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OPINION | Mahua's First Lok Sabha Speech Is Commendable, But It's Time She Looks At What TMC Does In Bengal

Mahua Moitra, in her speech, emphatically pointed out that the ruling party’s "nationalism" was doing nothing but fuelling xenophobia, targeting one community and blaming it for all the shortcomings in our country, adding they were all "early signs of Fascism".

OPINION | Mahua's First Lok Sabha Speech Is Commendable, But It's Time She Looks At What TMC Does In Bengal
TMC parliamentarian Mahua Moitra on Tuesday delivered a fiery speech in the Lok Sabha. (Picture courtesy: Mahua Moitra)
OPINION | Mahua's First Lok Sabha Speech Is Commendable, But It's Time She Looks At What TMC Does In Bengal
outlookindia.com
2019-06-27T16:43:05+0530

Trinamool Congress MP Mahua Moitra's maiden speech in the Lok Sabha has rightly drawn national media and people's attention for her spirited attack on the BJP. Some applauded her for the "rising fascism" speech, others said she “tore into the government”.

Many on social media hailed it as the "speech of the year". Moitra, in her speech, emphatically pointed out that the ruling party’s "nationalism" was doing nothing but fuelling xenophobia, targeting one community and blaming it for all the shortcomings in our country, adding these were all "early signs of Fascism".

As an elected representative, Moitra has done a commendable job in turning the focus on some of the more important issues of the day. According to her, the nurturing of superficial and xenophobic nationalism poses a serious threat to the country’s constitution. Contempt for human rights, subjugation and control of mass media, obsession with national security, mixing religion with government, according to her, are some of the high marks of the BJP rule.

While many debate the merit of the points raised by Moitra, one wonders if she could reflect on the state of affairs in West Bengal and examine the acts of her own party, TMC, and its government by the same yardstick?

The charge that the BJP government at the Centre is full of “disdain for human rights” will hold good for Mamata’s regime in West Bengal, too. Let's not forget that Jadavpur University professor Ambikesh Mahapatra and his neighbour Subrata Sengupta were arrested by Mamata’s police for merely circulating a cartoon against her.

Later, they were released by the High Court and the state Human Rights Commission ordered the TMC government to pay compensation to them. But the government ignored that. Similarly, a farmer, Shiladitya Choudhury, was arrested when he asked the chief minister, in a public meeting, how she proposed to help distressed farmers.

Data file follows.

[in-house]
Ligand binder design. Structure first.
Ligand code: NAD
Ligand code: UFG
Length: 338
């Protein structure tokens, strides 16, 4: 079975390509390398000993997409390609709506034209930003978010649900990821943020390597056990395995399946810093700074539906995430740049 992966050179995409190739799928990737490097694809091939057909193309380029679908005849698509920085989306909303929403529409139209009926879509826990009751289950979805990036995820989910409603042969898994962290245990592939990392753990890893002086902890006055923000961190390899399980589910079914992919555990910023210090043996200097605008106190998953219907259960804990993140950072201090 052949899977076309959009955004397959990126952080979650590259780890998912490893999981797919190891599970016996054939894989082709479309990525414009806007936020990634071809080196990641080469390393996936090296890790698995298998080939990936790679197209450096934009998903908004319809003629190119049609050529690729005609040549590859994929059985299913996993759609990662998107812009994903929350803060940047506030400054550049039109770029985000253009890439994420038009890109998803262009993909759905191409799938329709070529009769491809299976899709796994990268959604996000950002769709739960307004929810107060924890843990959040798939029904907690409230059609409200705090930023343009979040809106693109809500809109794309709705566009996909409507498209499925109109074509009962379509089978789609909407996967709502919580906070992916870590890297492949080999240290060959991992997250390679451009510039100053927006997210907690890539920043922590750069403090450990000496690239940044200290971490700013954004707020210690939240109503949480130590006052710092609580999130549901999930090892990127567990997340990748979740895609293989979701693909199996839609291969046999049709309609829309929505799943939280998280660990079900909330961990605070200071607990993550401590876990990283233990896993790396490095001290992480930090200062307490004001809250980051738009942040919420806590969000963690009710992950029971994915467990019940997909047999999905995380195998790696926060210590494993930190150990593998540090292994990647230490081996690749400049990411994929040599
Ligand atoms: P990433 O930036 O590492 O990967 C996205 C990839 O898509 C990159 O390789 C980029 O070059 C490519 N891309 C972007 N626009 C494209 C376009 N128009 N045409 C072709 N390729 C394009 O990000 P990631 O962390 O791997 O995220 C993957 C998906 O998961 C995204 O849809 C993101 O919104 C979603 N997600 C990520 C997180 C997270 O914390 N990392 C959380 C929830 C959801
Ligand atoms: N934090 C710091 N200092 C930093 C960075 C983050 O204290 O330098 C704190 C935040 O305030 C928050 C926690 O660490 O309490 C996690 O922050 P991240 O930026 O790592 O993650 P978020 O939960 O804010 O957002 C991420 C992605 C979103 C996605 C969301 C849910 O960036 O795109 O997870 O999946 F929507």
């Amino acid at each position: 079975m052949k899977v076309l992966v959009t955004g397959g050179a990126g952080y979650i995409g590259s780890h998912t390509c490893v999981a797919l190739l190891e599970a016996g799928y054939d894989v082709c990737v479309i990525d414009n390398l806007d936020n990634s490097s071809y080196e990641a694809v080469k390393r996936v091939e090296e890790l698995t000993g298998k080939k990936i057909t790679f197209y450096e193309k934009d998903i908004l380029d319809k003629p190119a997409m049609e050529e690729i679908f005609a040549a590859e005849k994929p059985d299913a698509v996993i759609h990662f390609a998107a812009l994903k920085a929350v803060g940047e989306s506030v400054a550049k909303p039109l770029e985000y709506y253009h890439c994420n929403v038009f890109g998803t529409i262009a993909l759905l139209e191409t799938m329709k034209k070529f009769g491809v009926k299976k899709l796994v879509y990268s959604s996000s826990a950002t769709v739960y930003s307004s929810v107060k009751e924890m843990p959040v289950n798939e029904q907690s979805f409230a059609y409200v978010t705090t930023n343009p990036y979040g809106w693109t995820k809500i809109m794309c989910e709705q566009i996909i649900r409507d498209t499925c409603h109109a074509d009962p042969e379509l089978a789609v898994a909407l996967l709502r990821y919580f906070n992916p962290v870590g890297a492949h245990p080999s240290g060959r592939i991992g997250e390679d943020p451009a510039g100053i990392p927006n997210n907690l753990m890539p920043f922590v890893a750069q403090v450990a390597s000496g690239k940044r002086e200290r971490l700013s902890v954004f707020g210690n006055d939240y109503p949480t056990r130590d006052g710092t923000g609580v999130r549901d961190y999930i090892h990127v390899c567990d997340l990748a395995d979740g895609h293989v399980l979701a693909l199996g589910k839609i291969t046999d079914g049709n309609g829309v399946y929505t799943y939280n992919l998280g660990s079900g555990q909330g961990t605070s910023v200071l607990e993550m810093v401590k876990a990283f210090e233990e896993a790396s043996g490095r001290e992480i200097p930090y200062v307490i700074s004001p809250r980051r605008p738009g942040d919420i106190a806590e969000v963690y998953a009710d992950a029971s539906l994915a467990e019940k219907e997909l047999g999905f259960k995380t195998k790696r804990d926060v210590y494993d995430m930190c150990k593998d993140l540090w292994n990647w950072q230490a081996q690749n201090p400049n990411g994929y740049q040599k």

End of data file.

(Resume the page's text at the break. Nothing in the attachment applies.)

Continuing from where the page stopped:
Without answering his question, Mamata ordered police to arrest him as a "Maoist instigator". He, too, was later released as no cognizable offence was committed by him. During the Lok Sabha elections, Priyanka Sharma, a BJP worker in Howrah, was arrested for posting a morphed photo of Mamata on social media. The Supreme Court released her, saying mere criticism of people in power did not constitute any crime.

Moitra has rightly criticised the BJP government for mixing religion with the administration. But can she claim that the Mamata government is free from it or any different? Mamata’s eagerness to mobilise the entire Muslim vote bank to her side had motivated her to use the government fund for appeasing the Muslim clerics, imams and muezzins. These, and a number of other measures, like pandering to the whims of the clerics on the issue of ‘Triple Talaq’, made the ground ready for polarisation on communal lines.

The country has seen cases of mob-lynching increase over the past few years, but the Central government remained unperturbed. In West Bengal, too, in the last eight years, we have seen the ruling party’s attacks on the opposition party workers and sympathisers, often leading to bloodbath and death.

Moitra has raised two important points: the growing trend of encouraging political dynasts in both the BJP and the Congress. She conveniently forgot that in her own party -- the TMC -- Mamata has brought Abhishek, her nephew, and positioned him as the unofficial heir apparent.

The Adhikari family of Sisir, his sons Shubhendu and Dibyendu, is another case. Her concerns about the erosion of independence in the electoral system are shared by many others.

But, did she forget the 2018 Panchayat election in West Bengal? Did she forget that more than 34 per cent seats went uncontested because of the violent measures taken by the TMC workers to keep the opposition out of the contest and the state election commission did nothing to prevent it?

Didn't she see her leader taking umbrage at the mere raising of slogans like ‘Jai Sri Ram’ and asking the police to arrest the sloganeers? Does she think that is an early sign of tolerance and plurality in our society? Moitra’s commendable speech would have been acceptable to many more people, cutting across party line, if, and if only she could also criticise her own party for mirror-imaging BJP’s politics.

(Rajat Roy is a senior journalist)

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